Nearly two dozen school resource officers are training in Tulsa this week.

Tulsa County Undersheriff George Brown said whether they work in public or private schools, agencies are asking a lot of school resource officers nowadays.

"They have to be effective communicators. They have to be good mentors and examples for the young children that they work with," Brown said. "They have to be part medic and part communicator and part police officer."

Tulsa Police

Tulsa Police have released their video of last Friday’s fatal shooting of a mentally ill man armed with knives.

Besides three videos from patrol car dash cams, one video is from a body camera worn by Officer Donnie Johnson. TPD said Johnson’s body cam didn’t capture the shooting because it was powered off rather than in standby mode when it was activated.

The camera did capture the on-scene supervisor’s exchange with Johnson about two minutes after Joshua Barre was shot.

"Was that you?" the supervisor said.

Michael Shick

A study says Tulsa is the 10th best U.S. city for a certain kind of self-driving cars.

The recommendation comes from a review of trip, parking and congestion data by Inrix, and the study focuses on shared vehicles — think self-driving shuttles or Ubers. Autonomous Vehicle Strategist Avery Ash said that means they’d be best deployed staying within a certain radius of downtown or similar core area.

File Photo

There’s been a lot of talk since Tulsa Mayor G.T. Bynum took office about how data will drive city hall, and now there’s an example.

"We wanted to look at the relationship between blight and violent crime in Tulsa. To our knowledge, the two have been individually looked at, but we did not find any data that showed we've ever looked at both the data sets together," said Chase Mohler with the city's Working In Neighborhoods Department.

Matt Trotter / KWGS

Tulsa’s newest police officer certainly knows how to be brave.

Five-year-old Aaliyah Alexander was sworn in as an honorary officer Tuesday after Officer Amley "Popsey" Floyd heard last week that’s what she wanted to be when she grew up.

"We put the wheels in motion to get the recognition from the mayor's office conferring upon her the title of honorary Tulsa Police officer," said Capt. Tom Bell, who swore in Aaliyah. "To my knowledge, it's the only time we've ever done that."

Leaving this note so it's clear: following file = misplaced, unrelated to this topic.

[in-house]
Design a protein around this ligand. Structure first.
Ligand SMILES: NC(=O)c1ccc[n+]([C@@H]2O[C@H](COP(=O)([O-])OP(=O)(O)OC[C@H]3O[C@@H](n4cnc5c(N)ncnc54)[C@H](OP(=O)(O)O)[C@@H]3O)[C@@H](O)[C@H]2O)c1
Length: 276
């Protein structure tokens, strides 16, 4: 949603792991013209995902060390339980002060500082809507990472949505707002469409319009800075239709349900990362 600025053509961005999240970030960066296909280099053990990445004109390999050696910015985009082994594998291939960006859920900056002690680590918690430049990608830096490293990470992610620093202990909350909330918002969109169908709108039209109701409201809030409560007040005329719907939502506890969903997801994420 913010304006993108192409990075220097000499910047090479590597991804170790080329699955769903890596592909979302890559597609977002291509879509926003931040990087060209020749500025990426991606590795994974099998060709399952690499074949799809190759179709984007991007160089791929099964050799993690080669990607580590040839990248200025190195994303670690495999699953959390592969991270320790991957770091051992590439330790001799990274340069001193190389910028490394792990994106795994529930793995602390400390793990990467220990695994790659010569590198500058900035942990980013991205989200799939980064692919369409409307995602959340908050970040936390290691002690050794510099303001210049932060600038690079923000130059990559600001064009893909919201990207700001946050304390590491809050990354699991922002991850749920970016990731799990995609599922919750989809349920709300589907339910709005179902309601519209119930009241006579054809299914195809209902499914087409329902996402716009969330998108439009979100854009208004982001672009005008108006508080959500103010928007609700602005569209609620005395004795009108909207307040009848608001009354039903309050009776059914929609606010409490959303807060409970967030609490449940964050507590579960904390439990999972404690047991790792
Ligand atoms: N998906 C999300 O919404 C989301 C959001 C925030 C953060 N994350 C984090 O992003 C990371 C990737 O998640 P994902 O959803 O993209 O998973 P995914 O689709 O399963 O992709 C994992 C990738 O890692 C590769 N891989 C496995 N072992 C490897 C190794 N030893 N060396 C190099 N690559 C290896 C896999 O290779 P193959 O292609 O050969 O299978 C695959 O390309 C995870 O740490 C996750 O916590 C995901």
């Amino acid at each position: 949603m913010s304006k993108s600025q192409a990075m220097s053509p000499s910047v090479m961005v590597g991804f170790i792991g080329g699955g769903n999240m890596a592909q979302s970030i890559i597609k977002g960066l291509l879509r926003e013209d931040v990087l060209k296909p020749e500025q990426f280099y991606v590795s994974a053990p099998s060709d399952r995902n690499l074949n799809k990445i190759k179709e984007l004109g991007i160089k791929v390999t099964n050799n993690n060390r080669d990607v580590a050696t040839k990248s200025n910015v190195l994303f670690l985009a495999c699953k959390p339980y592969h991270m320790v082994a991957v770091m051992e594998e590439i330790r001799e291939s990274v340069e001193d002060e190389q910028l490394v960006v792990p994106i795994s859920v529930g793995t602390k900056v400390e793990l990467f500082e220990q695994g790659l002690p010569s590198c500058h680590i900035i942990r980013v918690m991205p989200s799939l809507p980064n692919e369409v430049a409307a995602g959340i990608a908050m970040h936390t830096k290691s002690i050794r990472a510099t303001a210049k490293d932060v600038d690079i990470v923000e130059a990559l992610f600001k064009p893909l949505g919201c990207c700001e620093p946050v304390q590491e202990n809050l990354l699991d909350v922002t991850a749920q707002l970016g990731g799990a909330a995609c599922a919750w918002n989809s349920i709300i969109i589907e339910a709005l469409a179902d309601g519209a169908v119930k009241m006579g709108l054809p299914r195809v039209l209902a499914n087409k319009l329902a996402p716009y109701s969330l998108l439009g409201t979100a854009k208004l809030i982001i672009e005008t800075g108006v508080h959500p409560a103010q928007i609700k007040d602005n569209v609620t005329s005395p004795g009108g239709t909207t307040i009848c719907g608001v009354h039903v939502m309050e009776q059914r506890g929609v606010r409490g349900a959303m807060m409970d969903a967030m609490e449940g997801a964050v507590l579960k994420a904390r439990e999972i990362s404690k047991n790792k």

File Photo

Part of the Oklahoma Department of Human Services’ strategy for dealing with a $33 million budget cut may be freezing assistance for in-home care.

The ADvantage Waiver Program helps low-income elderly and disabled adults pay for simple care.

"There's about 300 individuals — frail Oklahoma elderly — that go on the program every month, and that means those 300 will not get service and, likely, go to a nursing facility at three times the cost," said Steve Goforth, president of home care provider Oxford HealthCare.

President Trump’s budget would put a substantial burden on Oklahoma to make sure poor families are fed.

The president proposes cutting Supplemental Nutrition Assistance Program funding 25 percent, or $193 billion, over 10 years. Earlier this year, House Republicans proposed cutting SNAP 20 percent over the next decade.

"Because 93 percent of SNAP spending goes directly to food assistance, a cut of that size would require restricting SNAP eligibility for needy people, slashing benefits or both," Carly Putnam with the Oklahoma Policy Institute said in January.

The Tulsa Regional Chamber and dozens of local business leaders are in the nation’s capital right now.

Chamber President and CEO Mike Neal said they’re meeting with Oklahoma’s congressional delegation and other federal officials to lobby for policies in the OneVoice legislative agenda.

"We've worked diligently this spring around the state agenda. We're now turning up the heat on the federal agenda between now and the end of the year," Neal said.